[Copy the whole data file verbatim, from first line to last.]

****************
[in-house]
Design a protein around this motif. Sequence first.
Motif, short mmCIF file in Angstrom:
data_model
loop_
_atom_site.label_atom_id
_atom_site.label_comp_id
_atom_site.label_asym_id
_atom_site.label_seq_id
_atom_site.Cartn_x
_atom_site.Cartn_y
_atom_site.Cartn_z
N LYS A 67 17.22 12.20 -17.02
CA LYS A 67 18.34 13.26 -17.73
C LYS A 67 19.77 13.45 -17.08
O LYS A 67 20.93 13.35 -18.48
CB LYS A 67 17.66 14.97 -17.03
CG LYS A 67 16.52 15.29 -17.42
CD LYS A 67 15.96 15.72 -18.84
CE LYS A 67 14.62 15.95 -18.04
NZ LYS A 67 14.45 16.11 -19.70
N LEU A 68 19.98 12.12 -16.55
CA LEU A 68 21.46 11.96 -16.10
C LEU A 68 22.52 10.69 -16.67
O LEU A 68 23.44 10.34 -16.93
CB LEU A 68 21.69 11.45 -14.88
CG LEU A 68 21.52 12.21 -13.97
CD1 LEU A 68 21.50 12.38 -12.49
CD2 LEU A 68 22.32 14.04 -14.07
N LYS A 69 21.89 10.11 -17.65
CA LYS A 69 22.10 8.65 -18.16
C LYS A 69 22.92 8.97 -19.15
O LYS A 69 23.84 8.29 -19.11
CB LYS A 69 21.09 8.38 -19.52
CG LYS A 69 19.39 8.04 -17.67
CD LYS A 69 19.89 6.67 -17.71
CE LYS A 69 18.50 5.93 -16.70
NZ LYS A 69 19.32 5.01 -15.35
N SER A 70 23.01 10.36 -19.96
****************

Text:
[in-house]
Design a protein around this motif. Sequence first.
Motif, short mmCIF file in Angstrom:
data_model
loop_
_atom_site.label_atom_id
_atom_site.label_comp_id
_atom_site.label_asym_id
_atom_site.label_seq_id
_atom_site.Cartn_x
_atom_site.Cartn_y
_atom_site.Cartn_z
N LYS A 67 17.22 12.20 -17.02
CA LYS A 67 18.34 13.26 -17.73
C LYS A 67 19.77 13.45 -17.08
O LYS A 67 20.93 13.35 -18.48
CB LYS A 67 17.66 14.97 -17.03
CG LYS A 67 16.52 15.29 -17.42
CD LYS A 67 15.96 15.72 -18.84
CE LYS A 67 14.62 15.95 -18.04
NZ LYS A 67 14.45 16.11 -19.70
N LEU A 68 19.98 12.12 -16.55
CA LEU A 68 21.46 11.96 -16.10
C LEU A 68 22.52 10.69 -16.67
O LEU A 68 23.44 10.34 -16.93
CB LEU A 68 21.69 11.45 -14.88
CG LEU A 68 21.52 12.21 -13.97
CD1 LEU A 68 21.50 12.38 -12.49
CD2 LEU A 68 22.32 14.04 -14.07
N LYS A 69 21.89 10.11 -17.65
CA LYS A 69 22.10 8.65 -18.16
C LYS A 69 22.92 8.97 -19.15
O LYS A 69 23.84 8.29 -19.11
CB LYS A 69 21.09 8.38 -19.52
CG LYS A 69 19.39 8.04 -17.67
CD LYS A 69 19.89 6.67 -17.71
CE LYS A 69 18.50 5.93 -16.70
NZ LYS A 69 19.32 5.01 -15.35
N SER A 70 23.01 10.36 -19.96